|CPU||Intel Pentium M processor 1.1 GHz|
|Chip set||Intel 855 GME|
|Main memory||256 megabytes (768 megabytes maximum)|
|HDD||40 gigabyte (Ultra ATA100)|
|Display||10.4 inch, 1,024 x 768 dot TFT LCD capable of displaying 32-bit color (external display possible)|
|Dimensions||229 mm x 183.5 mm x 24.2 /41.6 mm|
|Weight||approx. 990 grams|
Cho Kanji Genkoo Purosessa was developed in cooperation with Japanese writers who actually make a living writing manuscripts with pen and paper. The application, which runs on Personal Media's BTRON3-specification Cho Kanji 4 operating system, simulates on a computer screen the vertically lined paper traditionally used for writing manuscripts with a pen in Japan. However, it makes the process considerably easier, since the operating system it runs on is equipped with an unabridged kanji character set that can be quickly searched with a powerful search utility. In addition, the application is equipped with a wide range of editing features that are traditionally used in Japanese publishing houses for correcting handwritten manuscripts and preparing them for publication. For that reason, it is expected that the Japanese publishing industry will be one of the major markets for Cho Kanji Genkoo Purosessa. Another area where traditional manuscript paper is often used for writing is in Japanese schools, which might provide additional sales for Personal Media.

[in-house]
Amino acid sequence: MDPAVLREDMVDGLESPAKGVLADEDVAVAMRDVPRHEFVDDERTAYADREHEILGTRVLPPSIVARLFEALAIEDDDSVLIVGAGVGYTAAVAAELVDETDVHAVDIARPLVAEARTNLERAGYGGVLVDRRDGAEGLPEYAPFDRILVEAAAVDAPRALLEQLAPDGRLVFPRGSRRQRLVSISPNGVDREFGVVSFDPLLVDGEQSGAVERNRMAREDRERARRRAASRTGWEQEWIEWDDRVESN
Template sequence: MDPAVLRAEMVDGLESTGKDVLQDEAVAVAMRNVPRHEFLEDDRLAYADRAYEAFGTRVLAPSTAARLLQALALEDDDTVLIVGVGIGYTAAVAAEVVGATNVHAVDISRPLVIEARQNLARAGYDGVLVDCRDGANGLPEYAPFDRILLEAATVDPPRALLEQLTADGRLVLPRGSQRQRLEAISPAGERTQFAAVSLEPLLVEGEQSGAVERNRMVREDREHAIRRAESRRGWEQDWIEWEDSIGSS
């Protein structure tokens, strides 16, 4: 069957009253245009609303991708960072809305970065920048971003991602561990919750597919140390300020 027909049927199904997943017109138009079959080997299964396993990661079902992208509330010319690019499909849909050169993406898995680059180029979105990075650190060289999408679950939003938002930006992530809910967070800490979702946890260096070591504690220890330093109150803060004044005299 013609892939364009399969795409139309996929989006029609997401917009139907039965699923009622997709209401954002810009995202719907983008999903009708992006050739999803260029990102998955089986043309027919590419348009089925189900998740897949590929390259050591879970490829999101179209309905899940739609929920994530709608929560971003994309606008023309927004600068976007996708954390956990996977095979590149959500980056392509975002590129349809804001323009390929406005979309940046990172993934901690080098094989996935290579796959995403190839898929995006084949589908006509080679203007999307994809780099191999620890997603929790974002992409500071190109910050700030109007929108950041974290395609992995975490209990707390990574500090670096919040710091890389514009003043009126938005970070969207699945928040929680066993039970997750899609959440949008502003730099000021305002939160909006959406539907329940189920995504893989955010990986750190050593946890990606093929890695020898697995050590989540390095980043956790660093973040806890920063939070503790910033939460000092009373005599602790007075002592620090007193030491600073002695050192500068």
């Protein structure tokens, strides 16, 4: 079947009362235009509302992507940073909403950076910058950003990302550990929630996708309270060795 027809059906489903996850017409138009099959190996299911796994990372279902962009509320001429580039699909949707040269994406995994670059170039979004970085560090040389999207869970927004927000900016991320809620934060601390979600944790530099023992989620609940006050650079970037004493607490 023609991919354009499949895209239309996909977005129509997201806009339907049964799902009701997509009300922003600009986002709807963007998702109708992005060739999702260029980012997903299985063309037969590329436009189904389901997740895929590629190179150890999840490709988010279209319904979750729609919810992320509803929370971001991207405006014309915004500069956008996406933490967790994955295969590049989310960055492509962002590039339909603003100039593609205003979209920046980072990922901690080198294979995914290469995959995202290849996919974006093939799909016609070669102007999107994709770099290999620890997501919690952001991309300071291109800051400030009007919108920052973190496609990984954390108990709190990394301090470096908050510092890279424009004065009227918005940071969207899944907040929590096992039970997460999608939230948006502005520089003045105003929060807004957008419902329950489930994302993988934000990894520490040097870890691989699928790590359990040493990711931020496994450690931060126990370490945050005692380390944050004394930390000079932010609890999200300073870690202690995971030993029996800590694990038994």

Personal Media is very serious about selling this new software application, and, in an unsual move for the company, it has posted a roadmap to the future for Cho Kanji Genkoo Purosessa (translated below) on its Web site, which also gives us some hints as to what direction the company's BTRON3-specification Cho Kanji operating system is headed.
Although the T-Engine project is rarely reported on in the western technical press, which mainly covers GNU/Linux developments in the field of embedded systems development, T-Engine evangelism activities are taking place all over East and Southeast Asia. During the summer months, Singapore's T-Engine Application Development Center, or TEADEC, held a seminar/exhibition in Bangkok, Thailand, and a five-day training seminar at the Department of Embedded System Engineering, School of Software, Peking University in Beijing, China. Both of these activities took place in the month of July. In August, Prof. Ken Sakamura, who spent most of the summer outside of Japan evangelizing T-Engine/T-Kernel, Ubiquitous IDs, and TRON-based ubiquitous networking, did some evangelization of his own. He helped explain the T-Engine platform to Korean system engineers at the Korea System Programmer's First Overseas Prominent Developer Invited Seminar, which was held Seoul, Korea, on August 2 in the Coex Grand Ballroom.